Of course, the reason we diversify is that it can be very hard to perfectly predict when a location will boom and be invested there. And although having ten properties all performing incredibly at once is fantastic, because of property cycles it also means inevitably you will eventually have ten properties all performing badly at once – which can be devastating.
If you’re investing for the long-term a diversified portfolio smooths out some of the unavoidable lows and means they’re less likely to happen at all your properties simultaneously.
Even buying one property is a huge investment for most people, and it can take a long time to get your deposit together. Diversification can feel a very long way off when it’s taken multiple years to even get one property.
It’s often easier to grow your property portfolio once you’re already on the ladder as you can leverage capital growth and stack up the rental profits towards another deposit however, you’ll still need to factor in marketing timings from (with the 18-year property cycle) and consider that the barriers to entry for buy-to-let still remain high at around 25% of the purchase price
So how do you diversify when you only have one property or don’t have the cash/25% deposit to throw down?
This is where property funds can be hugely helpful.
You buy shares in a fund and a fund manager will use that money to invest in property. Usually, you get a share of rental income as dividends and the value of your investment can go up – similar to capital growth with property prices. Lots of people can invest in a property fund and a fund manager can use those funds to build a diverse portfolio for the fund.
The most common type of fund is a REIT (Real Estate Investment Trust), and they own a lot of big public buildings such as The Empire State Building.
The beauty of a property fund is that the cost of entry is much lower so you can still invest and benefit from a property-linked investment. Rather than investing in one single buy-to-let property, you’re able to invest in a fund and get exposure to all of the properties within that fund – that’s a fair bit of diversification.
Funds can be residential or commercial, and they may specialise in a particular strategy or focus on multiple strategies. This means you can invest into a fund to diversify your exposure to a variety of strategies or pick a fund that does something totally different to you, so you’ve diversified away from your main strategy. You’ll still have to do your research as investing in funds is still an investment and your capital could still be at risk, however, investing in funds allow investors to be hands-off in comparison to buy-to-let property.
A commercial fund can be invested in anything from retail or office space to the more esoteric logistical buildings like warehouses and depots that keep the wheels turning behind the scenes.
But if you’re new to the commercial world, again, research here is paramount. If funds interest you, you should be doing just as much homework here as you would be if you were purchasing the property yourself.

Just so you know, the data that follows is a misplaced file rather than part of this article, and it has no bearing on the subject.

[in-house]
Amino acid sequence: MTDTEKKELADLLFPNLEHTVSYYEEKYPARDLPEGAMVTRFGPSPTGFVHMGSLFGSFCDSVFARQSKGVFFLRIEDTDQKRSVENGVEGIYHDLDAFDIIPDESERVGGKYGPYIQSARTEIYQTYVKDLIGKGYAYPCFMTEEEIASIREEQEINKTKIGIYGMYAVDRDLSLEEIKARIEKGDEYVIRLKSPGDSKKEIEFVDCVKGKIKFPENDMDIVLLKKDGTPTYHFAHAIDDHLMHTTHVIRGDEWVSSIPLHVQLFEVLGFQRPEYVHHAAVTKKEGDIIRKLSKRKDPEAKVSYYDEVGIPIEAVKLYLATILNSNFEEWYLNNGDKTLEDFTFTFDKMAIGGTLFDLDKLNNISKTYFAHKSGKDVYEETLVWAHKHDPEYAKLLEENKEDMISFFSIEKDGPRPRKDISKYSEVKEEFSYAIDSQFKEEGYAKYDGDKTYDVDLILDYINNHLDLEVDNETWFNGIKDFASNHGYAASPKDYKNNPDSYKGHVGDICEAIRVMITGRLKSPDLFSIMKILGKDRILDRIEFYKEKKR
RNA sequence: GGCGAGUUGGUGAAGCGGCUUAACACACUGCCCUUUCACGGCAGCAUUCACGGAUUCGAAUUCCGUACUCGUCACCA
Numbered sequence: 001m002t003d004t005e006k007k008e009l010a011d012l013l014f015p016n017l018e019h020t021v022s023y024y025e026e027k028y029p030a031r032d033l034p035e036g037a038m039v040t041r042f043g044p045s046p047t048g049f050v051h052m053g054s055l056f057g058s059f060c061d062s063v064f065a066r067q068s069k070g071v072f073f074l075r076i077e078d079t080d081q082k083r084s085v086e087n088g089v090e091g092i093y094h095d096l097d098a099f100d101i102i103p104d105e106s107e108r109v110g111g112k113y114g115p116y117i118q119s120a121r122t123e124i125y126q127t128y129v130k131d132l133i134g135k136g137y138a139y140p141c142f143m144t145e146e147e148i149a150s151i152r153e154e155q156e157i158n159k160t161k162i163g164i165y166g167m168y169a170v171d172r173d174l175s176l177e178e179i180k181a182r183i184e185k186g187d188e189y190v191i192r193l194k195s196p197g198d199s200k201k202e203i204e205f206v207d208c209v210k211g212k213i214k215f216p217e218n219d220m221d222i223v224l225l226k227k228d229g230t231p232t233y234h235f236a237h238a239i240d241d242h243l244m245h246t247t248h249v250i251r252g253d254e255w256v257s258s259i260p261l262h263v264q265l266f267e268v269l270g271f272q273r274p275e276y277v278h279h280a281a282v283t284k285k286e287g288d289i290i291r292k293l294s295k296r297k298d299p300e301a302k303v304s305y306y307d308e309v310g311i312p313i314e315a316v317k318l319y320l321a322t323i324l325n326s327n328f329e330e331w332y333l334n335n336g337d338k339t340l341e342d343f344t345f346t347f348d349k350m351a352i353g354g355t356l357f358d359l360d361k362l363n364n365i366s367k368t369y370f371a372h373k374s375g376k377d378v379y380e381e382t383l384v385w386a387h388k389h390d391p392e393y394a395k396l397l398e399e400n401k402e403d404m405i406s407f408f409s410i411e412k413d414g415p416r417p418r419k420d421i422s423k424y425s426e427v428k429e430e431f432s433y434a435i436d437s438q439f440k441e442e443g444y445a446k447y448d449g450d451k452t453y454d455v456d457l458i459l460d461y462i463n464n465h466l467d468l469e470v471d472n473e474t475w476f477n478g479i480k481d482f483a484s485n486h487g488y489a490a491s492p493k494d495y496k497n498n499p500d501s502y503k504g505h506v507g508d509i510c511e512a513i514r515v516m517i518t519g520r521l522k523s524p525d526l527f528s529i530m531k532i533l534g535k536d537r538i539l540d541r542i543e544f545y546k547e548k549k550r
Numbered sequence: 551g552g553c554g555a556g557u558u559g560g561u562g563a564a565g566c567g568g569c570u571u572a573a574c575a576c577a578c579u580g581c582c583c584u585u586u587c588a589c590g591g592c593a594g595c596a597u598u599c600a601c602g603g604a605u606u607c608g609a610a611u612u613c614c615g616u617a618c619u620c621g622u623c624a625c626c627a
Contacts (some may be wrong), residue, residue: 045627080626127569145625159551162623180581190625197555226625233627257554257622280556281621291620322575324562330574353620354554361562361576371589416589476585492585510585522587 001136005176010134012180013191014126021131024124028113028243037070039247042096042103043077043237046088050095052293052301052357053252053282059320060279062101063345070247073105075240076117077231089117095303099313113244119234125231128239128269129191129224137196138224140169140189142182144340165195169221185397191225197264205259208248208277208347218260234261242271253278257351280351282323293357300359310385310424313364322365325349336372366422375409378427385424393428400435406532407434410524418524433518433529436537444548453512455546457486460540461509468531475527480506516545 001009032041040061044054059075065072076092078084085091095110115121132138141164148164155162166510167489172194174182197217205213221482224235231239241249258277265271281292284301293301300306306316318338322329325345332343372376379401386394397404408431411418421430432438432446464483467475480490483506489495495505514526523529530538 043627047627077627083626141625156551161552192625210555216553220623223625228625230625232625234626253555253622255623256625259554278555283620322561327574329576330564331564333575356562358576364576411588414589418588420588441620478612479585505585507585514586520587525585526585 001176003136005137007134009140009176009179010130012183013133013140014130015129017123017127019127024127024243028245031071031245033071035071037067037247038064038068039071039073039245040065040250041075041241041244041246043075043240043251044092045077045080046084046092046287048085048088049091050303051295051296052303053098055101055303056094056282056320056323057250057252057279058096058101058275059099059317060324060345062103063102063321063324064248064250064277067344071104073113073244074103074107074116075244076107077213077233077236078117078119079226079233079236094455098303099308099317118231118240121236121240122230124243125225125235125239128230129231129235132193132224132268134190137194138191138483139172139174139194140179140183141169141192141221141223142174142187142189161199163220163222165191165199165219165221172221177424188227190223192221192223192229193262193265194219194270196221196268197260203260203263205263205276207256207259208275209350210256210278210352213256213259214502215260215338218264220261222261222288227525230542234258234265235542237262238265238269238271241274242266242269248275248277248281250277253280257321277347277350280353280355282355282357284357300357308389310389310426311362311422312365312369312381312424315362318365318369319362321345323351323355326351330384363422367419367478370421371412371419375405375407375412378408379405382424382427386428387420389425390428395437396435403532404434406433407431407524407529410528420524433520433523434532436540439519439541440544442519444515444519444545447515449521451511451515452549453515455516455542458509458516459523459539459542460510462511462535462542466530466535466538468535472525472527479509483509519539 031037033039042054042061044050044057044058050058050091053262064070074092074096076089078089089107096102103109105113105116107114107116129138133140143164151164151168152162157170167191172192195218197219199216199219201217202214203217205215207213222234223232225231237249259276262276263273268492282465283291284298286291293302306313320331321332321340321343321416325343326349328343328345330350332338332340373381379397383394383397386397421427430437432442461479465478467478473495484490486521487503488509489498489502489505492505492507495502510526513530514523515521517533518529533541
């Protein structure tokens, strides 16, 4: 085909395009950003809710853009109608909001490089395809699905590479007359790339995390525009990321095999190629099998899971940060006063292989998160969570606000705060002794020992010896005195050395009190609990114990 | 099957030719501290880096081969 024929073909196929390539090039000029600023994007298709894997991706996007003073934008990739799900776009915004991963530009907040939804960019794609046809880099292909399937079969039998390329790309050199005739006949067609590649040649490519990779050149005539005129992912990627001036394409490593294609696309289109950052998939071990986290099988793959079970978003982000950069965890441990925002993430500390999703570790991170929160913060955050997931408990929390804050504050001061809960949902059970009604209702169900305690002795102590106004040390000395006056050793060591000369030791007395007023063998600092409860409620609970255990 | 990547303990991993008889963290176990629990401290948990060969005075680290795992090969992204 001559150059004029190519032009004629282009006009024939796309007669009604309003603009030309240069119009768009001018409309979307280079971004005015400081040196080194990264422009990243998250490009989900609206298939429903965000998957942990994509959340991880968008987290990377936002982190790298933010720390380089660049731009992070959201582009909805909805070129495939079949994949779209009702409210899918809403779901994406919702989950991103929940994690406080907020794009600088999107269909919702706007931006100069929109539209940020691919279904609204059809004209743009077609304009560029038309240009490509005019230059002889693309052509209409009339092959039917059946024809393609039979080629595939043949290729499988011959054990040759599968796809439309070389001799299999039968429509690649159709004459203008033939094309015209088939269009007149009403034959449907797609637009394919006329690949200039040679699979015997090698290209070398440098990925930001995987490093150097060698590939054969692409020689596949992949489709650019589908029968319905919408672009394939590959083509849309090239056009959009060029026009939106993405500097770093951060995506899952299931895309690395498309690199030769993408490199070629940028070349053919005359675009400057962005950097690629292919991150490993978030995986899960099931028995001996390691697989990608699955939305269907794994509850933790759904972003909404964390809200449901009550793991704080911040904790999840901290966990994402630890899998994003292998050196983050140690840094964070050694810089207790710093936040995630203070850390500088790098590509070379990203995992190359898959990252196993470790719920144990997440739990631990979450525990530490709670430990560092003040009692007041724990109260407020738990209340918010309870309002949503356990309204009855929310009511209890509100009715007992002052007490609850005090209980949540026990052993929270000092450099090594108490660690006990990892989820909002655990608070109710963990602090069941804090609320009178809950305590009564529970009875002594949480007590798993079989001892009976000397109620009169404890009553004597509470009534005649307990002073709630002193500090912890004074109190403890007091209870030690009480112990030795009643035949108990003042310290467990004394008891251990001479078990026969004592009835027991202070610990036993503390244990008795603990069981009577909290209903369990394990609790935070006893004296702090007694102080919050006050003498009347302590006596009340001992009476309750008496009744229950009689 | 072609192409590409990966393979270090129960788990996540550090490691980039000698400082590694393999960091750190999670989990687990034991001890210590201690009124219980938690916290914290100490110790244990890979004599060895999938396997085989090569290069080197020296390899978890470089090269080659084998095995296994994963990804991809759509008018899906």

By investing in funds, you can be exposed to types of property you’re not invested in personally but also a quantity of property you’d struggle to achieve alone. A single REIT could have hundreds of properties sitting within in.
You can also take it a step further and invest in multiple REITs to diversify even more.
We’ve talked previously about how leverage is the secret to making serious money as an investor. One drawback of funds is that they often have a limit on the leverage they’ll have in their portfolio. This means technically you can make better use of the benefits of leverage in your own portfolio.
Not being able to use leverage isn’t the only way that a fund may end up with lower returns than a private investment. Funds also have running costs that will be paid before you get paid dividends.
Another thing to consider when investing in property funds is that they require trust. With a fund you’ll have no influence over what’s being invested in, even though it’s your money. It’s just like investing in the S&P 500 or FTSE 100, you don’t have any say on what happens within those businesses – and you can’t influence the decisions made by a REIT. You need to trust the fund managers (and have enough knowledge of the businesses sitting within the fund) to make educated decisions.
The final con of a property fund is that they can be boring. Lots of people get into property because they actually like property and navigating the highs and lows of the market. Funds are very hands-off and that can make them hard to get excited about. That said, when it comes to investing, boring can also mean stress-free.
Hopefully, we’ve demonstrated the importance of diversification as well as some of the common ways investors protect their portfolio. It can be hard to pivot a portfolio due to the nature of how time-consuming buying property can be. So whether you’re yet to begin your property journey or you have a healthy portfolio diversification is something that you need to be thinking about throughout.
A key to diversifying your portfolio is to keep learning about areas and strategies you’re not currently exposed to.